Managing Creativity

Introduction to Artist Development - Coursework One
To ensure a solid foundation on which to develop a strong and positive working relationship, it is important to have an agreement between the manager and the artist. This may be in the form of a verbal agreement, or set out in a formal management contract. Both these forms of agreement are in use in today’s music industry and both have their own individual merits and drawbacks.
Managers must convince the artist that they can provide the best possible management of their career. The relationship between a manager and an artist is personal and built on trust. A manager who is willing to work without a formal contract is showing confidence in their own ability to provide the best service; this is a good way of cementing a long term relationship. A verbal agreement is often more acceptable to an artist as it allows them to see proof of the managers acumen and the advantages they would gain by having that manager representing them. If an unknown manager is approaching an artist, it is unlikely that they will want to sign an exclusive contract, in which case a verbal agreement is one way of keeping interest, allowing for later negotiations when confidence in the manager has been established. It is likely that a manager will be required to work for a long time without an income for their efforts. A verbal agreement can be successful, as in the case of Peter Grant and Led Zeppelin, but it is more usual to formalise the relationship in to a management contract.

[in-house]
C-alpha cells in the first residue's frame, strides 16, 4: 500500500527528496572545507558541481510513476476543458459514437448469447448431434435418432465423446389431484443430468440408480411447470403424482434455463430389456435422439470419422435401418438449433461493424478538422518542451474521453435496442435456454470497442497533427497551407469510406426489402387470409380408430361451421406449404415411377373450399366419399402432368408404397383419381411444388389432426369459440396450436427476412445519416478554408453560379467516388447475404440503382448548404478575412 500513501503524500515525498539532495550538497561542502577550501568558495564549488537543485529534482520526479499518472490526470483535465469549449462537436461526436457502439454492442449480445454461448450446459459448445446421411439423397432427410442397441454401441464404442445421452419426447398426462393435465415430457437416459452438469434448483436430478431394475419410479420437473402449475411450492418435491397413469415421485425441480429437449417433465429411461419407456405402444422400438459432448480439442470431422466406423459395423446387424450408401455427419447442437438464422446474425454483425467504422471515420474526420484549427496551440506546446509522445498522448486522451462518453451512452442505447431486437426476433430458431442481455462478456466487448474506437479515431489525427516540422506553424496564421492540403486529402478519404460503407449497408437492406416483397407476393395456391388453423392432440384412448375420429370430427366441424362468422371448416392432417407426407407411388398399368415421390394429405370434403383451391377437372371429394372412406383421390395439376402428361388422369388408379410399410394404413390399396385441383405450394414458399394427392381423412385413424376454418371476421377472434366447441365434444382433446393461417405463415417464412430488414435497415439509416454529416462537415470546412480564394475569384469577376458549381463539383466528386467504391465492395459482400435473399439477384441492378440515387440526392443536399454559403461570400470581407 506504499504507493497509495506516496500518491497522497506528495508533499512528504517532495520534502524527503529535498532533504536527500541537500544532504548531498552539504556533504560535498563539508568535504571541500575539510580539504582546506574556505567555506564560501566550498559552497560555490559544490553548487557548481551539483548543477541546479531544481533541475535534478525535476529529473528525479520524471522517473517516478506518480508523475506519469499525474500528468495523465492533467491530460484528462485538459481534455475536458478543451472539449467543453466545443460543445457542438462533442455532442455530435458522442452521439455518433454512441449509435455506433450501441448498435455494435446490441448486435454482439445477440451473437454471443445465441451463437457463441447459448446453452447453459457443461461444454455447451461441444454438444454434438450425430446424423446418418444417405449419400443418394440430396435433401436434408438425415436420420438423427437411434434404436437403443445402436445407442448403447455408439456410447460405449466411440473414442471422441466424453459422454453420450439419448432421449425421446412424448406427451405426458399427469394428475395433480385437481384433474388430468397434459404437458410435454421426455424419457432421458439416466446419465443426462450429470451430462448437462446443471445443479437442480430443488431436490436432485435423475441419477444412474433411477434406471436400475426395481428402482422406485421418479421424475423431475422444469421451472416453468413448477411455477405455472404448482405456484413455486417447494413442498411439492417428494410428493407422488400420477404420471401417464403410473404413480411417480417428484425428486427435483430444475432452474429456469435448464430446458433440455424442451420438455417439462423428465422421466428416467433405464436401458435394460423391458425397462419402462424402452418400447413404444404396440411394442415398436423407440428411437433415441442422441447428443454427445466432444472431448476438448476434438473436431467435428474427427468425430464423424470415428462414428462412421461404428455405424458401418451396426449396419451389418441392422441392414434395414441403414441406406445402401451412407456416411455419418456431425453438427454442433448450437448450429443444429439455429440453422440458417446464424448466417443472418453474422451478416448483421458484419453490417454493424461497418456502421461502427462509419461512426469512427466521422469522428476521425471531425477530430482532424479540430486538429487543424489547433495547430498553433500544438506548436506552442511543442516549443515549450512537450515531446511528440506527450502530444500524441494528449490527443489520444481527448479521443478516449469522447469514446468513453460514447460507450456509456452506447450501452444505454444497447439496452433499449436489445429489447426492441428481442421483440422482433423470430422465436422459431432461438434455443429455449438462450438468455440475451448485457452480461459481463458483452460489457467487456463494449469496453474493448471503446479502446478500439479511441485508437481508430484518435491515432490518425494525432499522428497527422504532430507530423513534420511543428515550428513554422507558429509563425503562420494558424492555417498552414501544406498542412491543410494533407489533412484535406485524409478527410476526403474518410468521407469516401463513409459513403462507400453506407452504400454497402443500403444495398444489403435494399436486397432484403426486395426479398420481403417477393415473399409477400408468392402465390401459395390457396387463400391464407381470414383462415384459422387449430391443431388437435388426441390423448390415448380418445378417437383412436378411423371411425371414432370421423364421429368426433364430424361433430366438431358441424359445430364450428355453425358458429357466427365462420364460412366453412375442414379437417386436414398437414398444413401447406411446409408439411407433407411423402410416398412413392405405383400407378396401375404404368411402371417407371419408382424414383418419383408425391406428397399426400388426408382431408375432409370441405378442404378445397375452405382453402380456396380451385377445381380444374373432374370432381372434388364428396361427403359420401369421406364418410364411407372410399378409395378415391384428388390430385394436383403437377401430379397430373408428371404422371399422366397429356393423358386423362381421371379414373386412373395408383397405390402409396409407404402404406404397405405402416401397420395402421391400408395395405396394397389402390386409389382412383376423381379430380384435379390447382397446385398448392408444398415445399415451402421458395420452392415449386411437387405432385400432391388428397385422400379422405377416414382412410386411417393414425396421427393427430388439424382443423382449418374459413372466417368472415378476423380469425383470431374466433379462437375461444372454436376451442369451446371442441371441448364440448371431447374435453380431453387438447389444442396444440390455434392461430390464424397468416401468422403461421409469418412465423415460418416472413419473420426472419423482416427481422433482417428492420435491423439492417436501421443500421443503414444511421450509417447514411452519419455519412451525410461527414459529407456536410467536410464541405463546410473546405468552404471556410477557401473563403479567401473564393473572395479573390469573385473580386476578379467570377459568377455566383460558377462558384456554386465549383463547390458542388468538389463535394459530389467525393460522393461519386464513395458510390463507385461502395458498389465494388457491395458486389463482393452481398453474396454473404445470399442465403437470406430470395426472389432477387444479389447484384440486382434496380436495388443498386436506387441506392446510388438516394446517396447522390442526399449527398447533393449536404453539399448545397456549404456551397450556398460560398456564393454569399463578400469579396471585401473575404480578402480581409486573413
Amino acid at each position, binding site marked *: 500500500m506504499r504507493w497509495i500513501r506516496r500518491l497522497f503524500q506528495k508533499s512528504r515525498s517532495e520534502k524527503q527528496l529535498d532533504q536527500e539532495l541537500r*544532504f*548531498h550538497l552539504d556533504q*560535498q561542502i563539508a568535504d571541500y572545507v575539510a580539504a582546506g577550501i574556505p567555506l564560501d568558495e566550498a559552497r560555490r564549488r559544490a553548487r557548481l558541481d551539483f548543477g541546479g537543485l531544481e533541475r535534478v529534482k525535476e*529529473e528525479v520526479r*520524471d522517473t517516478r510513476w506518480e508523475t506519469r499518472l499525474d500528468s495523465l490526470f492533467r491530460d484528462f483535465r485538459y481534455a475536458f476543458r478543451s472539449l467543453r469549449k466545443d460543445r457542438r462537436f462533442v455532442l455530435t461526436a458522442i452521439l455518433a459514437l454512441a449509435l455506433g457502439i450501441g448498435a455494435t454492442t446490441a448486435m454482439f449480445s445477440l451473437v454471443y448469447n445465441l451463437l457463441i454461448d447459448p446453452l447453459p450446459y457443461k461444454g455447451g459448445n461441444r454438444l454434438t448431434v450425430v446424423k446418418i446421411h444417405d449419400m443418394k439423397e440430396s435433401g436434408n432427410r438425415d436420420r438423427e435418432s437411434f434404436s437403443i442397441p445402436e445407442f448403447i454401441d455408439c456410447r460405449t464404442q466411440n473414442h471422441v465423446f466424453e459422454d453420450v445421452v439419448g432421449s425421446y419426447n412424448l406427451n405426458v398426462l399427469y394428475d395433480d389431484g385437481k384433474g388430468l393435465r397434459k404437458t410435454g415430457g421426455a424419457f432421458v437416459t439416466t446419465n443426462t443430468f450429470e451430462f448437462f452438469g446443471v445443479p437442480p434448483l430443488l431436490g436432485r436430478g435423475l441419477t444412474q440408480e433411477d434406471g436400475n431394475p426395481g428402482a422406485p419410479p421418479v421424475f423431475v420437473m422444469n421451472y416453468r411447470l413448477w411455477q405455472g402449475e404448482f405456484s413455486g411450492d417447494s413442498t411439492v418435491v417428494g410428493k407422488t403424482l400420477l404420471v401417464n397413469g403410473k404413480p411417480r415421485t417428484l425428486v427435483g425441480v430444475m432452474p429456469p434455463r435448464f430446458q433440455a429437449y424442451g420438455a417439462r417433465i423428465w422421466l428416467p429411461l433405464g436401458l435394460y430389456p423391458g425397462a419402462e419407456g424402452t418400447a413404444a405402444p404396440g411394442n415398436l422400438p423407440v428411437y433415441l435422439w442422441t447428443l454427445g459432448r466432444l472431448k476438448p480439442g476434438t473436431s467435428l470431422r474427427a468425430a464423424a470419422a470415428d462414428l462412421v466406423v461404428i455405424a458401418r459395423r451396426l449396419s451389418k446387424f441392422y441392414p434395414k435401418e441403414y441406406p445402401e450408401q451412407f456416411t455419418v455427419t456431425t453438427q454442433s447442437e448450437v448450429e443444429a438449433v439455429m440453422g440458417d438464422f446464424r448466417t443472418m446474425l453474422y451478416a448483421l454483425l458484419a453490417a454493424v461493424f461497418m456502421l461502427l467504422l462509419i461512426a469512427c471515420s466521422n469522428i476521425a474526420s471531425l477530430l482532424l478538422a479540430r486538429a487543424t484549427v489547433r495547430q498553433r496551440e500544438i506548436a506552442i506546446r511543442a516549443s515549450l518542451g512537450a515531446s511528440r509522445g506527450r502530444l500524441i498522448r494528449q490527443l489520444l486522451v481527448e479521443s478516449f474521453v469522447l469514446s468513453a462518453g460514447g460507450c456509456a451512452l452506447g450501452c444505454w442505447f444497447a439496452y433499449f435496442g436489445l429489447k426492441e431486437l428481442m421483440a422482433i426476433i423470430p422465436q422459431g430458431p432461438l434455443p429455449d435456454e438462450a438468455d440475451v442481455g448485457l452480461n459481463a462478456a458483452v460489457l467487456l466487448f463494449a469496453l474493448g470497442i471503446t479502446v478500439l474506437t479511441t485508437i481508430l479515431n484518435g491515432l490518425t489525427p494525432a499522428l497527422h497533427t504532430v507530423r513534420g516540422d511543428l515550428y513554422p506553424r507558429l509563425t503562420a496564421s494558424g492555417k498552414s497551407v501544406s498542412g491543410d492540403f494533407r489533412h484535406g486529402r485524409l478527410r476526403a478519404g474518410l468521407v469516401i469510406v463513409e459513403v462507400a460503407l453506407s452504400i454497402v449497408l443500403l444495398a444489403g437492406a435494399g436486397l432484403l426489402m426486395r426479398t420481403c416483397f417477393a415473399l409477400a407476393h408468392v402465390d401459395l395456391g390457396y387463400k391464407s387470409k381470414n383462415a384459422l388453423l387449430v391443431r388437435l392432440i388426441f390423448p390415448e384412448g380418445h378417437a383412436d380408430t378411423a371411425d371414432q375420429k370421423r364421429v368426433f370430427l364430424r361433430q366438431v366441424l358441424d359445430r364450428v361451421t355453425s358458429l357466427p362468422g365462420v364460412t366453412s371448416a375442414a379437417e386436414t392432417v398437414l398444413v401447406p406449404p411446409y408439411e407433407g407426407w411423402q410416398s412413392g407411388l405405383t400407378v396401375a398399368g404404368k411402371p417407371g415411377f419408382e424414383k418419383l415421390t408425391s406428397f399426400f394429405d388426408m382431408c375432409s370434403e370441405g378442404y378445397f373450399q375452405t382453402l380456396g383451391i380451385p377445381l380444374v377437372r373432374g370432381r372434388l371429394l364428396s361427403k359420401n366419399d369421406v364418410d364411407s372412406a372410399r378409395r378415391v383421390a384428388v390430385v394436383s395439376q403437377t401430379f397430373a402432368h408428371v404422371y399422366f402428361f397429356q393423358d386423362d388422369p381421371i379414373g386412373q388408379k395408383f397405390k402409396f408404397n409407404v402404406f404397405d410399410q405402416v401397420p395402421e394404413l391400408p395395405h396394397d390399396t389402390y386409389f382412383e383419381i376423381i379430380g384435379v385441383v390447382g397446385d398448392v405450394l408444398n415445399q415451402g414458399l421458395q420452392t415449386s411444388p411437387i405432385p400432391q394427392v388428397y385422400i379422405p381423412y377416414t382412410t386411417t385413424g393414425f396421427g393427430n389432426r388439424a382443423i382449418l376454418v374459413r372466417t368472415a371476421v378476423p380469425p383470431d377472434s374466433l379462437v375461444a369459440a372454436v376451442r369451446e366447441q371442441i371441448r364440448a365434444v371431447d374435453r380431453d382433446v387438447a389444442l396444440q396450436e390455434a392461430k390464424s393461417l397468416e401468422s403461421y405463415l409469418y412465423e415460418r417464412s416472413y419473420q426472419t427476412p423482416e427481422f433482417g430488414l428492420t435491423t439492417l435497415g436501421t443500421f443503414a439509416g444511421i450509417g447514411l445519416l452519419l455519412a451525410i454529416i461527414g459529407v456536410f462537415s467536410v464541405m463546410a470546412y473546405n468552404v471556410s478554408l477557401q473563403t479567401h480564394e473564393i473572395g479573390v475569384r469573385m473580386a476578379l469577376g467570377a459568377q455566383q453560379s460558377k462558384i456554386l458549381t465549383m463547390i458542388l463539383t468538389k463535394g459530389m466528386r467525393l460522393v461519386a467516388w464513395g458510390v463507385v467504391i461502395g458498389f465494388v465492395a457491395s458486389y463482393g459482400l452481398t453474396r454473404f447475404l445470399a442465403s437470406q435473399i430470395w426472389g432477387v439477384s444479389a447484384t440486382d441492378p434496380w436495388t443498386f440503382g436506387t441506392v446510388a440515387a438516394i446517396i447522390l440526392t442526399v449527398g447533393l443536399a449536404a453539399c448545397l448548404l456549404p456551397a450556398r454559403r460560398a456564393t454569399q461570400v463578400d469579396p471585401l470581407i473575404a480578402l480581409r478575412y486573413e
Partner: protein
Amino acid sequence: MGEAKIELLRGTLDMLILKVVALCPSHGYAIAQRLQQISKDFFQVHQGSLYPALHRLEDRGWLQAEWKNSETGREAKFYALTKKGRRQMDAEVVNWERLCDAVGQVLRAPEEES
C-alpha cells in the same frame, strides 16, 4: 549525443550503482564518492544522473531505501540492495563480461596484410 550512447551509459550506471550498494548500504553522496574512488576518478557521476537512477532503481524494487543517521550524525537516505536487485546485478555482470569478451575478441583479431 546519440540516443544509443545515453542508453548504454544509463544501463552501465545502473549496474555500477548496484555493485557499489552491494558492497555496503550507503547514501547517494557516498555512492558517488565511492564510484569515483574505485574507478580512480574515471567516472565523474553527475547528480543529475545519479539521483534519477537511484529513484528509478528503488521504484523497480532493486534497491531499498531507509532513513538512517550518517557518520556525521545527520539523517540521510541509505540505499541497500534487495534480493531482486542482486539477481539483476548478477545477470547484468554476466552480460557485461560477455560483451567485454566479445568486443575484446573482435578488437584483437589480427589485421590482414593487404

The first step to formalising an agreement with an artist is the approach. The Music Managers Forum (2003, p.64) suggests that:
‘’Many agreements have failed due to the manager being too demanding in the initial stages by perhaps insisting that a full long-form management agreement is signed before they will do any work.’’
When presenting the artist with a contract it is vital that they receive expert independent advice from their own solicitor (MMF, 2003)....